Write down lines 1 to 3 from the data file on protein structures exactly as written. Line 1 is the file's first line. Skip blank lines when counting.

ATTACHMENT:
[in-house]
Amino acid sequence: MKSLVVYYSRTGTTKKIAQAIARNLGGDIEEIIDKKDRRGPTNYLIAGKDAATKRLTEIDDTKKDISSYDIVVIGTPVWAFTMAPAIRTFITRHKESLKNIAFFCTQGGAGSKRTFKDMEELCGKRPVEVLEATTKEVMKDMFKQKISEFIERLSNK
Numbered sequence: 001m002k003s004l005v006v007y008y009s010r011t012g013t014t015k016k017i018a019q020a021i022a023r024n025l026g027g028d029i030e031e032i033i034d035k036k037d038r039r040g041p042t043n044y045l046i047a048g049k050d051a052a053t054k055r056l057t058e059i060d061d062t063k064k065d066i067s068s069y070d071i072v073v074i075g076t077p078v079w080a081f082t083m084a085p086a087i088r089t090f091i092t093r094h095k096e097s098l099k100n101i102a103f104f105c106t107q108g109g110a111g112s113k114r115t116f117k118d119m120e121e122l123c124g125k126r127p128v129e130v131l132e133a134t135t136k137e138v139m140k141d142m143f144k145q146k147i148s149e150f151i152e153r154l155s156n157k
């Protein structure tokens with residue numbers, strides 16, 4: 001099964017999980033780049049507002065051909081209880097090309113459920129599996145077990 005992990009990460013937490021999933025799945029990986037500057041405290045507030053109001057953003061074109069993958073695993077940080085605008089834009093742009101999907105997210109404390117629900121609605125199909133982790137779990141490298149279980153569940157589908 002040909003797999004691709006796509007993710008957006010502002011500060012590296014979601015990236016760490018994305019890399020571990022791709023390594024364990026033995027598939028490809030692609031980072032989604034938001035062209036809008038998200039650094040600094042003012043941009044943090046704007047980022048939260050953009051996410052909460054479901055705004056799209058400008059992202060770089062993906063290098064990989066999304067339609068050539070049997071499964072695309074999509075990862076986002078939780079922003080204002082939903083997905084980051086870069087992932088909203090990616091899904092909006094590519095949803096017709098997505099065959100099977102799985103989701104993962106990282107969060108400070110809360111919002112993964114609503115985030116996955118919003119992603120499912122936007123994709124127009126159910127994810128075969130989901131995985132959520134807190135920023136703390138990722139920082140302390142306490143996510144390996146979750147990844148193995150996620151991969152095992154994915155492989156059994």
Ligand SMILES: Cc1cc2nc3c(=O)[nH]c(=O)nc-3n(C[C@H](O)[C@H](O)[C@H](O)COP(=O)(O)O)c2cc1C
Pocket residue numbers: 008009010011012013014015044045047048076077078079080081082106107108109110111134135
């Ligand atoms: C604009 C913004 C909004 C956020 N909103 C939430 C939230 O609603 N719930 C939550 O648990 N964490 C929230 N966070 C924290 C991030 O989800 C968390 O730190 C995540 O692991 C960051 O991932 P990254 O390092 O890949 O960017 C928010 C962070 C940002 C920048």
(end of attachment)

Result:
[in-house]
Amino acid sequence: MKSLVVYYSRTGTTKKIAQAIARNLGGDIEEIIDKKDRRGPTNYLIAGKDAATKRLTEIDDTKKDISSYDIVVIGTPVWAFTMAPAIRTFITRHKESLKNIAFFCTQGGAGSKRTFKDMEELCGKRPVEVLEATTKEVMKDMFKQKISEFIERLSNK
Numbered sequence: 001m002k003s004l005v006v007y008y009s010r011t012g013t014t015k016k017i018a019q020a021i022a023r024n025l026g027g028d029i030e031e032i033i034d035k036k037d038r039r040g041p042t043n044y045l046i047a048g049k050d051a052a053t054k055r056l057t058e059i060d061d062t063k064k065d066i067s068s069y070d071i072v073v074i075g076t077p078v079w080a081f082t083m084a085p086a087i088r089t090f091i092t093r094h095k096e097s098l099k100n101i102a103f104f105c106t107q108g109g110a111g112s113k114r115t116f117k118d119m120e121e122l123c124g125k126r127p128v129e130v131l132e133a134t135t136k137e138v139m140k141d142m143f144k145q146k147i148s149e150f151i152e153r154l155s156n157k